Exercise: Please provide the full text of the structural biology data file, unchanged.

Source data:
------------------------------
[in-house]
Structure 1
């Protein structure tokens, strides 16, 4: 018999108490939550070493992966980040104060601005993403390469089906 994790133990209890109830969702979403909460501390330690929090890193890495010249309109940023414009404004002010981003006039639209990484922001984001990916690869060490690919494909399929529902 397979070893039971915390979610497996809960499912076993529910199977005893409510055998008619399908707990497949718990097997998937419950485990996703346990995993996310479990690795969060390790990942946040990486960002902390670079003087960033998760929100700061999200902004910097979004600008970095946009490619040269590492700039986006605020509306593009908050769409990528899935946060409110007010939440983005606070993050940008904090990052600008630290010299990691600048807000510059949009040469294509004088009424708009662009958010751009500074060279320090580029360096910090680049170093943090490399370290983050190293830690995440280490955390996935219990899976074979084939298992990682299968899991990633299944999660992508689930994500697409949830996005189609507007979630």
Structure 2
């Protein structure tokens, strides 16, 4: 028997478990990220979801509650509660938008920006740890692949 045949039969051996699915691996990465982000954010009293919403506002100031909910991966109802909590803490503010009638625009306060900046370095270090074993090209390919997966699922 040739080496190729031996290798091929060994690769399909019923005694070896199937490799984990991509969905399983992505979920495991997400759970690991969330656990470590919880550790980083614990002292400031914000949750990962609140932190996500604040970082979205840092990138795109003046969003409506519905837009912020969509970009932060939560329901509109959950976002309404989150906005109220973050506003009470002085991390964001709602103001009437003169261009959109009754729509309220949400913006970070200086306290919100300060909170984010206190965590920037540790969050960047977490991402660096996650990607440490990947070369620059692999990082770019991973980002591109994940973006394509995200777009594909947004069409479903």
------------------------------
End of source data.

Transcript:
[in-house]
Structure 1
């Protein structure tokens, strides 16, 4: 018999108490939550070493992966980040104060601005993403390469089906 994790133990209890109830969702979403909460501390330690929090890193890495010249309109940023414009404004002010981003006039639209990484922001984001990916690869060490690919494909399929529902 397979070893039971915390979610497996809960499912076993529910199977005893409510055998008619399908707990497949718990097997998937419950485990996703346990995993996310479990690795969060390790990942946040990486960002902390670079003087960033998760929100700061999200902004910097979004600008970095946009490619040269590492700039986006605020509306593009908050769409990528899935946060409110007010939440983005606070993050940008904090990052600008630290010299990691600048807000510059949009040469294509004088009424708009662009958010751009500074060279320090580029360096910090680049170093943090490399370290983050190293830690995440280490955390996935219990899976074979084939298992990682299968899991990633299944999660992508689930994500697409949830996005189609507007979630």
Structure 2
């Protein structure tokens, strides 16, 4: 028997478990990220979801509650509660938008920006740890692949 045949039969051996699915691996990465982000954010009293919403506002100031909910991966109802909590803490503010009638625009306060900046370095270090074993090209390919997966699922 040739080496190729031996290798091929060994690769399909019923005694070896199937490799984990991509969905399983992505979920495991997400759970690991969330656990470590919880550790980083614990002292400031914000949750990962609140932190996500604040970082979205840092990138795109003046969003409506519905837009912020969509970009932060939560329901509109959950976002309404989150906005109220973050506003009470002085991390964001709602103001009437003169261009959109009754729509309220949400913006970070200086306290919100300060909170984010206190965590920037540790969050960047977490991402660096996650990607440490990947070369620059692999990082770019991973980002591109994940973006394509995200777009594909947004069409479903």